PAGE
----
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dc.contributor.authorLian, Jane B.
dc.contributor.authorShalhoub, Victoria
dc.contributor.authorAslam, Fauzia
dc.contributor.authorFrenkel, Baruch
dc.contributor.authorGreen, Jack
dc.contributor.authorHamrah, Michael
dc.contributor.authorStein, Gary S.
dc.contributor.authorStein, Janet L.
dc.date2022-08-11T08:10:02.000
dc.date.accessioned2022-08-23T16:52:54Z
dc.date.available2022-08-23T16:52:54Z
dc.date.issued1997-05-01
dc.date.submitted2008-07-09
dc.identifier.citation<p>Endocrinology. 1997 May;138(5):2117-27.</p>
dc.identifier.issn0013-7227 (Print)
dc.identifier.pmid9112412
dc.identifier.urihttp://hdl.handle.net/20.500.14038/42150
dc.description.abstractThe mouse MC3T3-E1 cell line is nontumorigenic and undergoes a typical program of osteoblast differentiation in vitro, producing a bone-like mineralized extracellular matrix. We report responses of these cells to dexamethasone (Dex) and 1,25-(OH)2D3 that are in contrast to findings from other osteoblast culture systems. First, chronic exposure of both early- and late-passaged MC3T3-E1 cells to 10(-7) M Dex, initiated during the proliferation period, blocked osteoblast differentiation, in contrast to the enhanced differentiation observed in cultures of fetal rat calvarial-derived cells. Secondly, 1,25-(OH)2D3 did not up-regulate expression (messenger RNA or protein synthesis) of the endogenous mouse osteocalcin (OC) gene. Several lines of evidence are presented that suggest this response is caused by sequence specific properties of the mouse OC vitamin D response element. We also observed both qualitative and quantitative differences in expression of cell growth (histone H2B) and phenotype-related genes (collagen, OC, osteopontin, glucocorticoid receptor, and 1, 25-(OH)2D3 receptor), between pre- and postmineralization stage osteoblasts, in response to 24 h steroid hormone treatment. Our findings in MC3T3-E1 cells are consistent with current concepts of selective influences of 1,25-(OH)2D3 and glucocorticoids as a function of osteoblast maturation. However, the inhibition of osteoblast differentiation by chronic Dex at 10(-7) M and the down-regulation of OC by 1,25-(OH)2D3 are novel observations relevant to species-specific responsiveness of mouse bone-expressed genes to steroid hormones during osteoblast differentiation.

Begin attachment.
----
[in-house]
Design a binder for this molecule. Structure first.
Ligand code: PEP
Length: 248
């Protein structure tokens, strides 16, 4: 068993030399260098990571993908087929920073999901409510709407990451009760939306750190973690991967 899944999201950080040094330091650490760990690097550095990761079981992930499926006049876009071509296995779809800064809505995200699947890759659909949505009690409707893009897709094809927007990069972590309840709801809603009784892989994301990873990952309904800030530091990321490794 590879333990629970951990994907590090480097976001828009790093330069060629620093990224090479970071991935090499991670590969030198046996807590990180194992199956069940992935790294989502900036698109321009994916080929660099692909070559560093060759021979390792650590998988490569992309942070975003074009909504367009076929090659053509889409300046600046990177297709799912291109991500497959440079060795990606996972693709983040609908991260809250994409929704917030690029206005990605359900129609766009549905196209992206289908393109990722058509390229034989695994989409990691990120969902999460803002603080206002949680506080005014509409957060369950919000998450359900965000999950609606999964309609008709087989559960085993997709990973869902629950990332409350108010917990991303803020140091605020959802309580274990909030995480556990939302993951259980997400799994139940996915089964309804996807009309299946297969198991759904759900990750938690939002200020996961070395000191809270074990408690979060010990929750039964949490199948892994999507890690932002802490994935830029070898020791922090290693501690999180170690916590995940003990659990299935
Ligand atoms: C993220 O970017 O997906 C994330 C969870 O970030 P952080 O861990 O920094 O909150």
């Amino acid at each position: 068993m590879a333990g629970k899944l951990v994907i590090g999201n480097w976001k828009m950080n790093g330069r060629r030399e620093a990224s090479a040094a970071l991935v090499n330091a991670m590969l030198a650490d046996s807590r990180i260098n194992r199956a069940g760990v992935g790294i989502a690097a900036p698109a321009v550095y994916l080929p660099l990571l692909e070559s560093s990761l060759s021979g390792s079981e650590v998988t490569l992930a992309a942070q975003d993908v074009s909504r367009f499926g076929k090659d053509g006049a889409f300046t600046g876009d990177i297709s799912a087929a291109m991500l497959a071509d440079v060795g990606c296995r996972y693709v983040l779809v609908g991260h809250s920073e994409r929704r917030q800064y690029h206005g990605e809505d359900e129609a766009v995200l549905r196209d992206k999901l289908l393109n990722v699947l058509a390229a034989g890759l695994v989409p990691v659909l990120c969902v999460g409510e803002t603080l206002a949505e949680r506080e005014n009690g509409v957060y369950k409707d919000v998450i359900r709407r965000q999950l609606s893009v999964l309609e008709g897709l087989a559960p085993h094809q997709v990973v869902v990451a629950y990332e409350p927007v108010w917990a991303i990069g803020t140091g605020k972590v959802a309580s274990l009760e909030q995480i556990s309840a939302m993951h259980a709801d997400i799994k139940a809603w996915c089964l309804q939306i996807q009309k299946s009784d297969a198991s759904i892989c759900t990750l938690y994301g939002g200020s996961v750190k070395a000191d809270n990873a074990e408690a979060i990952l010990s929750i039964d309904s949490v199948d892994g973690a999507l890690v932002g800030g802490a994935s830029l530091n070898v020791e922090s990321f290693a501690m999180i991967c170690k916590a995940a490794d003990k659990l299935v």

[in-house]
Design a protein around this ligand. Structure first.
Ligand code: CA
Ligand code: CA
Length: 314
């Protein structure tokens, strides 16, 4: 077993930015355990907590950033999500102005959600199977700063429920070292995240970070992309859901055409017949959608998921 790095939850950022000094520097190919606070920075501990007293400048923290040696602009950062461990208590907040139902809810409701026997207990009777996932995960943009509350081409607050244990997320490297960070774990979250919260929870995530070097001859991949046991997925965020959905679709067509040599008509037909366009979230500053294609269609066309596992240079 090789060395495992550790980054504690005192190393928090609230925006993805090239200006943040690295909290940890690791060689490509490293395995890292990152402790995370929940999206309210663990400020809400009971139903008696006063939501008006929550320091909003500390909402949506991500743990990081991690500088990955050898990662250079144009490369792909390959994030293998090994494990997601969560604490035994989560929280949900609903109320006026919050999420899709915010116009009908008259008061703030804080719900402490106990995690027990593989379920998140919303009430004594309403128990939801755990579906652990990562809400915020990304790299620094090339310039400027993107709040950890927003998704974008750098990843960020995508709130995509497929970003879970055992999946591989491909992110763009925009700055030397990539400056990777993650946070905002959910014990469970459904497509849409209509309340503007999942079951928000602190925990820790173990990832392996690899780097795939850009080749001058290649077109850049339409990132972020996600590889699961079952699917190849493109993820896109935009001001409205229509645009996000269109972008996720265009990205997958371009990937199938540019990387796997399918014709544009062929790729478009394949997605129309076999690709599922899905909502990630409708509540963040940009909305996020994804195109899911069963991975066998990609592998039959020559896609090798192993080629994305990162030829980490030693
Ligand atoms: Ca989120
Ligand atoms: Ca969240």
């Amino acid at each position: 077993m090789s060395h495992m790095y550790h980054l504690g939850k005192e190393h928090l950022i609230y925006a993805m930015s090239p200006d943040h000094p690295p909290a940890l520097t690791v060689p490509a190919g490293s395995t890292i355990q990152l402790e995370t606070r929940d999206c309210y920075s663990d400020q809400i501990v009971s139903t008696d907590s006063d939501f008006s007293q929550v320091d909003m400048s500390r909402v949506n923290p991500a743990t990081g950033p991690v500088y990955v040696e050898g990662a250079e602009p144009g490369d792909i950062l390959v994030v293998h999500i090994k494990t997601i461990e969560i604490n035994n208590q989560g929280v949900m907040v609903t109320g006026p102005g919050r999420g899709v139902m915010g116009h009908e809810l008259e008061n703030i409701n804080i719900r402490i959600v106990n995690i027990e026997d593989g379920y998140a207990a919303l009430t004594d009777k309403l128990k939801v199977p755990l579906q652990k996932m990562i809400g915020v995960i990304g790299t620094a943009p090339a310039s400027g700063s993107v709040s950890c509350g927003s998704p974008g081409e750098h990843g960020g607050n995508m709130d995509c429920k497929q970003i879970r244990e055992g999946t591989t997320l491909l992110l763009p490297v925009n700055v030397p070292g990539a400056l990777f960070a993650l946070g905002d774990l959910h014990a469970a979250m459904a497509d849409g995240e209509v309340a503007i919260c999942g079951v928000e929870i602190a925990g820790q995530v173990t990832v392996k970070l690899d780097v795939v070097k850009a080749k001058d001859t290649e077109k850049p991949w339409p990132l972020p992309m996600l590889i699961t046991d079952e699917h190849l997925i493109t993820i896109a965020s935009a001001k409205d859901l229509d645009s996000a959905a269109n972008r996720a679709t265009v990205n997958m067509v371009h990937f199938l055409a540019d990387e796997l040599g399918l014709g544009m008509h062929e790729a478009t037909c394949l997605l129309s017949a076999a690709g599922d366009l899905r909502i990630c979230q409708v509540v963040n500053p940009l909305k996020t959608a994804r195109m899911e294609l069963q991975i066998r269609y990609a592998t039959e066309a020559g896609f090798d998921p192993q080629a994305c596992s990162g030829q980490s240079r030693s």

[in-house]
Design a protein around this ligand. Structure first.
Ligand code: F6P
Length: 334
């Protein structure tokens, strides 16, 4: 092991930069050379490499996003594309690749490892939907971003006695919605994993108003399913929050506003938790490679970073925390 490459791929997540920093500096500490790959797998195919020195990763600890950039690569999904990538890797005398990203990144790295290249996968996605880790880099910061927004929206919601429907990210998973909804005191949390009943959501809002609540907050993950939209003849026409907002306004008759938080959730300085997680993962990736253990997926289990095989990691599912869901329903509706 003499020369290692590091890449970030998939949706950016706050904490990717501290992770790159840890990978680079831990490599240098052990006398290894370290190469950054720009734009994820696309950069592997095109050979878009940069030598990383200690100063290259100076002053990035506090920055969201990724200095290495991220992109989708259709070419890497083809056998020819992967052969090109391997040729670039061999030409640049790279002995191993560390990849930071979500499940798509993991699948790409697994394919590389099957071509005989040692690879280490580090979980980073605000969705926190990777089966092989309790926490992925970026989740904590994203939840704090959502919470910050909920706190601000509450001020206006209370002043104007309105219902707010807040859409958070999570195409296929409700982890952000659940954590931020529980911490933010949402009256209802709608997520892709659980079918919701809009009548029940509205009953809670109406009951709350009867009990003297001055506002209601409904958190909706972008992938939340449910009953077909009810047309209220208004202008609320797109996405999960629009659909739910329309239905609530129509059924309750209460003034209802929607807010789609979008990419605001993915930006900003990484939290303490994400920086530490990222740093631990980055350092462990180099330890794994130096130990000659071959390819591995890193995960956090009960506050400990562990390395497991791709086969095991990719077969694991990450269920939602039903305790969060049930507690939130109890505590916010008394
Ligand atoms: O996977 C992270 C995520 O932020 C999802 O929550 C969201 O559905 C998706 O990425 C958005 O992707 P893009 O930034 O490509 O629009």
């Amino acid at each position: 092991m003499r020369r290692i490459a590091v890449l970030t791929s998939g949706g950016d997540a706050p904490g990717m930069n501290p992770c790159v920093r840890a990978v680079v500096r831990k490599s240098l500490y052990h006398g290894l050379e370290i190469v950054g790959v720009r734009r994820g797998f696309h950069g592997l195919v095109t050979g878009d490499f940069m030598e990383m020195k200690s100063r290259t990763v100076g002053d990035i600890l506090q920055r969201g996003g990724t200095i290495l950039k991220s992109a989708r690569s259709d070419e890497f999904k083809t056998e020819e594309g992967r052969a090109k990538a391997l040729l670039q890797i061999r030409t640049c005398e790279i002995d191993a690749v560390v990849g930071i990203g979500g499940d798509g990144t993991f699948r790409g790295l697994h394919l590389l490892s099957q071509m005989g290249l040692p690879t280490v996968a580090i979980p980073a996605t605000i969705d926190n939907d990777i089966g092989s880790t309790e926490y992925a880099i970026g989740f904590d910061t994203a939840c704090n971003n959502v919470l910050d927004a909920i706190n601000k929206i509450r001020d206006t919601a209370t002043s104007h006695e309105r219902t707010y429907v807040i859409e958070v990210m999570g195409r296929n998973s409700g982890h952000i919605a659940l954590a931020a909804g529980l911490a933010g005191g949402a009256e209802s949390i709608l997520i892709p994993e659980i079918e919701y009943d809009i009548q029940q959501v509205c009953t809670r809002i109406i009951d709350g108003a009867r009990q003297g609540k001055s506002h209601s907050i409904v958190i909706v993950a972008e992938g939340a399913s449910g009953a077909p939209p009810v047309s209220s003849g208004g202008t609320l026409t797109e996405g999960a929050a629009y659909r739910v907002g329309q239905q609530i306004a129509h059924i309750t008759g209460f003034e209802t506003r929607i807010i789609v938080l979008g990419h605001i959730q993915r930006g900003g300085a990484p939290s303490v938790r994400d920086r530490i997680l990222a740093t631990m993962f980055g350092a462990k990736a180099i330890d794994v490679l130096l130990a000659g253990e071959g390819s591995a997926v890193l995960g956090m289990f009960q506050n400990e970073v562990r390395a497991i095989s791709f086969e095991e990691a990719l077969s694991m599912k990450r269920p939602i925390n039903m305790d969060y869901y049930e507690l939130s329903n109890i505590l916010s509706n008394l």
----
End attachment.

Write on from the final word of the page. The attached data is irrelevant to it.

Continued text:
dc.language.isoen_US
dc.relation<p><a href="http://www.ncbi.nlm.nih.gov/entrez/query.fcgi?db=pubmed&cmd=Retrieve&list_uids=9112412&dopt=Abstract">Link to Article in PubMed</a></p>
dc.relation.urlhttps://doi.org/10.1210/en.138.5.2117
dc.subjectAnimals
dc.subjectBase Sequence
dc.subjectCalcitriol
dc.subjectCell Differentiation
dc.subjectCell Line
dc.subjectDexamethasone
dc.subjectGene Expression
dc.subjectGlucocorticoids
dc.subjectHistones
dc.subjectMice
dc.subjectOsteoblasts
dc.subjectOsteocalcin
dc.subjectPromoter Regions (Genetics)
dc.subjectRNA, Messenger
dc.subjectTime Factors
dc.subjectTransfection
dc.subjectLife Sciences
dc.subjectMedicine and Health Sciences
dc.titleSpecies-specific glucocorticoid and 1,25-dihydroxyvitamin D responsiveness in mouse MC3T3-E1 osteoblasts: dexamethasone inhibits osteoblast differentiation and vitamin D down-regulates osteocalcin gene expression
dc.typeArticle
dc.source.journaltitleEndocrinology
dc.source.volume138
dc.source.issue5
dc.identifier.legacycoverpagehttps://escholarship.umassmed.edu/oapubs/523
dc.identifier.contextkey545005
html.description.abstract<p>The mouse MC3T3-E1 cell line is nontumorigenic and undergoes a typical program of osteoblast differentiation in vitro, producing a bone-like mineralized extracellular matrix. We report responses of these cells to dexamethasone (Dex) and 1,25-(OH)2D3 that are in contrast to findings from other osteoblast culture systems. First, chronic exposure of both early- and late-passaged MC3T3-E1 cells to 10(-7) M Dex, initiated during the proliferation period, blocked osteoblast differentiation, in contrast to the enhanced differentiation observed in cultures of fetal rat calvarial-derived cells. Secondly, 1,25-(OH)2D3 did not up-regulate expression (messenger RNA or protein synthesis) of the endogenous mouse osteocalcin (OC) gene. Several lines of evidence are presented that suggest this response is caused by sequence specific properties of the mouse OC vitamin D response element. We also observed both qualitative and quantitative differences in expression of cell growth (histone H2B) and phenotype-related genes (collagen, OC, osteopontin, glucocorticoid receptor, and 1, 25-(OH)2D3 receptor), between pre- and postmineralization stage osteoblasts, in response to 24 h steroid hormone treatment. Our findings in MC3T3-E1 cells are consistent with current concepts of selective influences of 1,25-(OH)2D3 and glucocorticoids as a function of osteoblast maturation. However, the inhibition of osteoblast differentiation by chronic Dex at 10(-7) M and the down-regulation of OC by 1,25-(OH)2D3 are novel observations relevant to species-specific responsiveness of mouse bone-expressed genes to steroid hormones during osteoblast differentiation.</p>
dc.identifier.submissionpathoapubs/523
dc.contributor.departmentUniversity of Massachusetts Medical Center Department of Cell Biology and Cancer Center
dc.source.pages2117-27


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